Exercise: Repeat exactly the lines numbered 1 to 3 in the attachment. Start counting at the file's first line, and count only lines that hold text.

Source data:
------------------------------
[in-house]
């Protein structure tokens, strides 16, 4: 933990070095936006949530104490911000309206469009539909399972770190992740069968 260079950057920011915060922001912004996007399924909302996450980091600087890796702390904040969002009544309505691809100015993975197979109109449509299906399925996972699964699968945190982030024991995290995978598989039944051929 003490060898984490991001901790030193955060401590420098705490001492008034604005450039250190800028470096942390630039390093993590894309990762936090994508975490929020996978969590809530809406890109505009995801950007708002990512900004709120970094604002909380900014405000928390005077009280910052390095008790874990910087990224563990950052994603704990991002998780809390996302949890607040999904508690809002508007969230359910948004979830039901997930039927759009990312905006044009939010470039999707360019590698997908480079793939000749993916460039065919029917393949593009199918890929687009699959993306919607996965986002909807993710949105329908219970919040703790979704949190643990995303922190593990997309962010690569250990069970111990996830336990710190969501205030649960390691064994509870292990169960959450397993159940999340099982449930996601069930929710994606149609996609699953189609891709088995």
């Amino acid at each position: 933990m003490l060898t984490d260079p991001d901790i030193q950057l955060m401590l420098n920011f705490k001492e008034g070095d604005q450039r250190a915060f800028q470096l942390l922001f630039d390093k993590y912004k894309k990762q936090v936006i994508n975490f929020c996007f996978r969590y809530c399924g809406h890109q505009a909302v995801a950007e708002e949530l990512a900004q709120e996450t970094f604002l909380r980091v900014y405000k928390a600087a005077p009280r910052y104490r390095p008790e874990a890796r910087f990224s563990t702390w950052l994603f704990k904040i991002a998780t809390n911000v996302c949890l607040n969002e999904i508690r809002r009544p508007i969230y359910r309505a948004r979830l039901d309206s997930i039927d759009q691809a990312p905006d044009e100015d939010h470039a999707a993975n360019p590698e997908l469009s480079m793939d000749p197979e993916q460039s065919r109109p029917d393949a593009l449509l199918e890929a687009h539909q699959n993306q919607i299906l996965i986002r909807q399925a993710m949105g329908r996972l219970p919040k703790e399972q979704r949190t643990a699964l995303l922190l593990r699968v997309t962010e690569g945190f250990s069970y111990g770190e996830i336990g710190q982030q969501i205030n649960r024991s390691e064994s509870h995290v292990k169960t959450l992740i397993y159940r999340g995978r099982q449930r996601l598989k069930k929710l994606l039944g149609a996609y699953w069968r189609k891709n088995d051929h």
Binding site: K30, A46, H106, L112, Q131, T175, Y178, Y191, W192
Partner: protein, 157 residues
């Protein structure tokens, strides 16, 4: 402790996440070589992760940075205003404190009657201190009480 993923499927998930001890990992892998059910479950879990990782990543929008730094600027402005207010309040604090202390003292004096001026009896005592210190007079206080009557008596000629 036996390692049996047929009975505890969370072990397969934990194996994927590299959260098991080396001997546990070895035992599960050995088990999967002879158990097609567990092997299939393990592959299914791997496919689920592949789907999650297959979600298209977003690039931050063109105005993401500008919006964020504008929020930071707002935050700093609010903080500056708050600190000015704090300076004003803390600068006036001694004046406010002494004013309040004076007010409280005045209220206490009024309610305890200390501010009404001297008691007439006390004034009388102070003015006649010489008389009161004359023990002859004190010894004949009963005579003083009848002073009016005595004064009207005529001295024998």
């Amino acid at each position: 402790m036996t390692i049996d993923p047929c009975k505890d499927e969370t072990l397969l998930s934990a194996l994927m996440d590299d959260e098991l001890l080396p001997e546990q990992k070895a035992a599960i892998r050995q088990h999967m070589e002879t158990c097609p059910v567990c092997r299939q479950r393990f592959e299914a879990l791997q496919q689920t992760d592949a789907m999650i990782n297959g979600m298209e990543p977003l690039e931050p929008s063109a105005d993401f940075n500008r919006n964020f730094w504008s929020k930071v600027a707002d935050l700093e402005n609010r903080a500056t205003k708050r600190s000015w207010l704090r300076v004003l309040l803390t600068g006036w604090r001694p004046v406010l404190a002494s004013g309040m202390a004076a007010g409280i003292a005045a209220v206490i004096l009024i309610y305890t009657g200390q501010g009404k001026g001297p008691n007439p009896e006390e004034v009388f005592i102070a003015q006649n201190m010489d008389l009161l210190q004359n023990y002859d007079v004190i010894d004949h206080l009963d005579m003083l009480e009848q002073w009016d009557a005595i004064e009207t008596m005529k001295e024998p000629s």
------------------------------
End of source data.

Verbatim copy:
[in-house]
């Protein structure tokens, strides 16, 4: 933990070095936006949530104490911000309206469009539909399972770190992740069968 260079950057920011915060922001912004996007399924909302996450980091600087890796702390904040969002009544309505691809100015993975197979109109449509299906399925996972699964699968945190982030024991995290995978598989039944051929 003490060898984490991001901790030193955060401590420098705490001492008034604005450039250190800028470096942390630039390093993590894309990762936090994508975490929020996978969590809530809406890109505009995801950007708002990512900004709120970094604002909380900014405000928390005077009280910052390095008790874990910087990224563990950052994603704990991002998780809390996302949890607040999904508690809002508007969230359910948004979830039901997930039927759009990312905006044009939010470039999707360019590698997908480079793939000749993916460039065919029917393949593009199918890929687009699959993306919607996965986002909807993710949105329908219970919040703790979704949190643990995303922190593990997309962010690569250990069970111990996830336990710190969501205030649960390691064994509870292990169960959450397993159940999340099982449930996601069930929710994606149609996609699953189609891709088995």
């Amino acid at each position: 933990m003490l060898t984490d260079p991001d901790i030193q950057l955060m401590l420098n920011f705490k001492e008034g070095d604005q450039r250190a915060f800028q470096l942390l922001f630039d390093k993590y912004k894309k990762q936090v936006i994508n975490f929020c996007f996978r969590y809530c399924g809406h890109q505009a909302v995801a950007e708002e949530l990512a900004q709120e996450t970094f604002l909380r980091v900014y405000k928390a600087a005077p009280r910052y104490r390095p008790e874990a890796r910087f990224s563990t702390w950052l994603f704990k904040i991002a998780t809390n911000v996302c949890l607040n969002e999904i508690r809002r009544p508007i969230y359910r309505a948004r979830l039901d309206s997930i039927d759009q691809a990312p905006d044009e100015d939010h470039a999707a993975n360019p590698e997908l469009s480079m793939d000749p197979e993916q460039s065919r109109p029917d393949a593009l449509l199918e890929a687009h539909q699959n993306q919607i299906l996965i986002r909807q399925a993710m949105g329908r996972l219970p919040k703790e399972q979704r949190t643990a699964l995303l922190l593990r699968v997309t962010e690569g945190f250990s069970y111990g770190e996830i336990g710190q982030q969501i205030n649960r024991s390691e064994s509870h995290v292990k169960t959450l992740i397993y159940r999340g995978r099982q449930r996601l598989k069930k929710l994606l039944g149609a996609y699953w069968r189609k891709n088995d051929h």